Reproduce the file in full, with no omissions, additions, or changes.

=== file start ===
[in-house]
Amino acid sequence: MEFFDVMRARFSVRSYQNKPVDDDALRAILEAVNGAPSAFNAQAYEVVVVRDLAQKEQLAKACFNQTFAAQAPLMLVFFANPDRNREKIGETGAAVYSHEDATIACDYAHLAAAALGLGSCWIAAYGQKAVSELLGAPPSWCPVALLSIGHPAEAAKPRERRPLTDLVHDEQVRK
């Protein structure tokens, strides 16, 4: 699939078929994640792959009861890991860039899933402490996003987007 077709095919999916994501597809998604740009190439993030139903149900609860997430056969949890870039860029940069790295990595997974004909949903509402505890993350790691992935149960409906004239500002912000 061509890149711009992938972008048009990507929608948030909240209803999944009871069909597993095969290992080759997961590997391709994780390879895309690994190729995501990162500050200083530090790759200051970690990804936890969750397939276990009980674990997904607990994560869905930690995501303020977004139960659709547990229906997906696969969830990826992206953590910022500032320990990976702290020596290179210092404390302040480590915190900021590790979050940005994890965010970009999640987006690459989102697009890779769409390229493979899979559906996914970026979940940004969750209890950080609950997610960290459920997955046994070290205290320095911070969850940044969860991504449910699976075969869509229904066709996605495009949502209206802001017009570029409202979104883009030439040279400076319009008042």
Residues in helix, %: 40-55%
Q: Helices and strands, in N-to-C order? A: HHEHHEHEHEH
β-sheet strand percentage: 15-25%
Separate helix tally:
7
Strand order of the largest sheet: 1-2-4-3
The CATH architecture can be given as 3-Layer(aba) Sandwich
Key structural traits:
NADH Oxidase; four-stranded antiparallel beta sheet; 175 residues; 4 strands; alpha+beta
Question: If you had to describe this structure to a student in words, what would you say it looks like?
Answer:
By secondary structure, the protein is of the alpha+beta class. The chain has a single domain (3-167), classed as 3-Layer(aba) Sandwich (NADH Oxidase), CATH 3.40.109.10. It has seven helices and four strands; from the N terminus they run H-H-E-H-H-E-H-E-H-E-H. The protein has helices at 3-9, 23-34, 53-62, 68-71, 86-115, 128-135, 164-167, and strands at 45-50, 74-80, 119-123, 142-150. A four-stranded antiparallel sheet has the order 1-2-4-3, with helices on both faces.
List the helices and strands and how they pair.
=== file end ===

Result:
[in-house]
Amino acid sequence: MEFFDVMRARFSVRSYQNKPVDDDALRAILEAVNGAPSAFNAQAYEVVVVRDLAQKEQLAKACFNQTFAAQAPLMLVFFANPDRNREKIGETGAAVYSHEDATIACDYAHLAAAALGLGSCWIAAYGQKAVSELLGAPPSWCPVALLSIGHPAEAAKPRERRPLTDLVHDEQVRK
């Protein structure tokens, strides 16, 4: 699939078929994640792959009861890991860039899933402490996003987007 077709095919999916994501597809998604740009190439993030139903149900609860997430056969949890870039860029940069790295990595997974004909949903509402505890993350790691992935149960409906004239500002912000 061509890149711009992938972008048009990507929608948030909240209803999944009871069909597993095969290992080759997961590997391709994780390879895309690994190729995501990162500050200083530090790759200051970690990804936890969750397939276990009980674990997904607990994560869905930690995501303020977004139960659709547990229906997906696969969830990826992206953590910022500032320990990976702290020596290179210092404390302040480590915190900021590790979050940005994890965010970009999640987006690459989102697009890779769409390229493979899979559906996914970026979940940004969750209890950080609950997610960290459920997955046994070290205290320095911070969850940044969860991504449910699976075969869509229904066709996605495009949502209206802001017009570029409202979104883009030439040279400076319009008042």
Residues in helix, %: 40-55%
Q: Helices and strands, in N-to-C order? A: HHEHHEHEHEH
β-sheet strand percentage: 15-25%
Separate helix tally:
7
Strand order of the largest sheet: 1-2-4-3
The CATH architecture can be given as 3-Layer(aba) Sandwich
Key structural traits:
NADH Oxidase; four-stranded antiparallel beta sheet; 175 residues; 4 strands; alpha+beta
Question: If you had to describe this structure to a student in words, what would you say it looks like?
Answer:
By secondary structure, the protein is of the alpha+beta class. The chain has a single domain (3-167), classed as 3-Layer(aba) Sandwich (NADH Oxidase), CATH 3.40.109.10. It has seven helices and four strands; from the N terminus they run H-H-E-H-H-E-H-E-H-E-H. The protein has helices at 3-9, 23-34, 53-62, 68-71, 86-115, 128-135, 164-167, and strands at 45-50, 74-80, 119-123, 142-150. A four-stranded antiparallel sheet has the order 1-2-4-3, with helices on both faces.
List the helices and strands and how they pair.